A Rule Farmers’ Market Managers Don’t Need to Enforce

Single-use Plastic Bags       

In September, 2014, the state of California became the first state to pass a statewide ban on single-use bags, both paper and plastic, with the passage of SB 270. Over the next 16 years, this law will be phased in to eliminate the distribution of single-use plastic bags and encourage the use of reusable bags containing a significant amount of post-consumer recycled content.

While many consumers may assume that this law applies to farmers’ markets, it does not. The law applies only to stores that meet certain conditions, such as gross annual sales of $2 million or more; 10,000 square feet or more of retail space; or a holder of a Type 20 or Type 21 license from the California Alcoholic Beverage Commission. A farmers’ market or other retail establishment that is not required to comply with the law, may choose to do so, but once they decide to come into compliance with the law, that change is permanent: “if the retail establishment voluntarily agrees to comply with the requirements imposed upon a store pursuant to this chapter, irrevocably notifies the department of its intent to comply with the requirements imposed upon a store pursuant to this chapter, and complies with the requirements.” (California Public Resources Code, 42280(g)(5))

A farmers’ market may decide to voluntarily comply with the statewide ban on plastic bags but as it is the farmers, not the farmers’ market that would implement the rules, it would be a challenge for a farmers’ market to ensure full compliance with the law, especially its requirements for use of the funds collected for the sale of reusable or recycled bags:

All moneys collected pursuant to this article shall be retained by the store and may be used only for the following purposes:

(a) Costs associated with complying with the requirements of this article.

(b) Actual costs of providing recycled paper bags or reusable grocery bags.

(c) Costs associated with a store’s educational materials or educational campaign encouraging the use of reusable grocery bags.

California Public Resources Code, 42283.7.

Instead of voluntarily agreeing to comply with the law, as described above, farmers’ markets may wish to instead mimic the law by incorporating similar restrictions into the rules and regulations for their farmers’ market. Each farmers’ market would need to decide how it wishes to adapt the state law to the farmers’ market environment, based upon their own review of the law and its key elements:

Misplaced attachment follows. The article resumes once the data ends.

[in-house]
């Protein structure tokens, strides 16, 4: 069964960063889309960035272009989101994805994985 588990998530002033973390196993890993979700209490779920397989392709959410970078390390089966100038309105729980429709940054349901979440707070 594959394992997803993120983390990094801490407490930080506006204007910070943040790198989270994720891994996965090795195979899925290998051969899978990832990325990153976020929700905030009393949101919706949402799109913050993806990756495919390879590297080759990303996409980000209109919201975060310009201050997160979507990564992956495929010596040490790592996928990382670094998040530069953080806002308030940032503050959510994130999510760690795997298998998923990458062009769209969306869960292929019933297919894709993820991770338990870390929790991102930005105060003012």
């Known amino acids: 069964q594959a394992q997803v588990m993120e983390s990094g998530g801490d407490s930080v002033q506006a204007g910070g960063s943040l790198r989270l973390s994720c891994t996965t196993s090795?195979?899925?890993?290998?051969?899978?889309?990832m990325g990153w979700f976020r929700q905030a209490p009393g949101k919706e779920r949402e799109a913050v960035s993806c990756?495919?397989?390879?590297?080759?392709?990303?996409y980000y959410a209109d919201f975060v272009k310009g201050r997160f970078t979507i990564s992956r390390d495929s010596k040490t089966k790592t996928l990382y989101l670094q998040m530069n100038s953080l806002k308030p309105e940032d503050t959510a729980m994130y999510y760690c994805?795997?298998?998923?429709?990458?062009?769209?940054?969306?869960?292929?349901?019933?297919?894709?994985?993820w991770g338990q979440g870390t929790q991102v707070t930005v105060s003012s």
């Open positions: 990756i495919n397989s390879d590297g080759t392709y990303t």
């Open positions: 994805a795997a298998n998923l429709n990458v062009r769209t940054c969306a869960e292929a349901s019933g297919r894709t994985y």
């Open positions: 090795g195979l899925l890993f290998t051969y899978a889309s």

• Beginning July 1, 2015, stores complying with the state law can no longer provide single-use carryout bags to consumers but can sell reusable or recycled paper bags to consumers for no less than $0.10 each.
  • Customers making purchases through the WIC or CalFresh programs will be provided reusable or recycled bags at no cost. This is required by federal rules which do not allow WIC or SNAP (the federal program enacted locally as CalFresh) funds to be used for any purchases other than specifically authorized food items.
  • Reusable bags must have handles, have a capacity of at least 15 liters, and be certified for at least 125 uses. If the bag is made from plastic film, it must include postconsumer recycled material.
  • Nonhandled bags “used to protect a purchased item from damaging or contaminating other purchased items” (California Public Resources Code, 42280(f)(2)(B)) or “a bag provided to contain an unwrapped food item” (California Public Resources Code, 42280(f)(2)(C)) are not considered single-use carryout bags and are exempt from the law.

The law also defines the term “reusable grocery bag producer” as one who manufactures, imports into the state, or sells to stores reusable grocery bags. If a farm or farmers’ market purchases bags from a company that also sells to stores that are subject to the law, that company will be required to comply with the law concerning the products that it manufactures and/or sells. This will likely means that farms and farmers’ markets will only be able to purchase products which meet the standards set for grocery stores and hopefully, due to increased sales of these items, the cost will decrease to help them be affordable for farmers.

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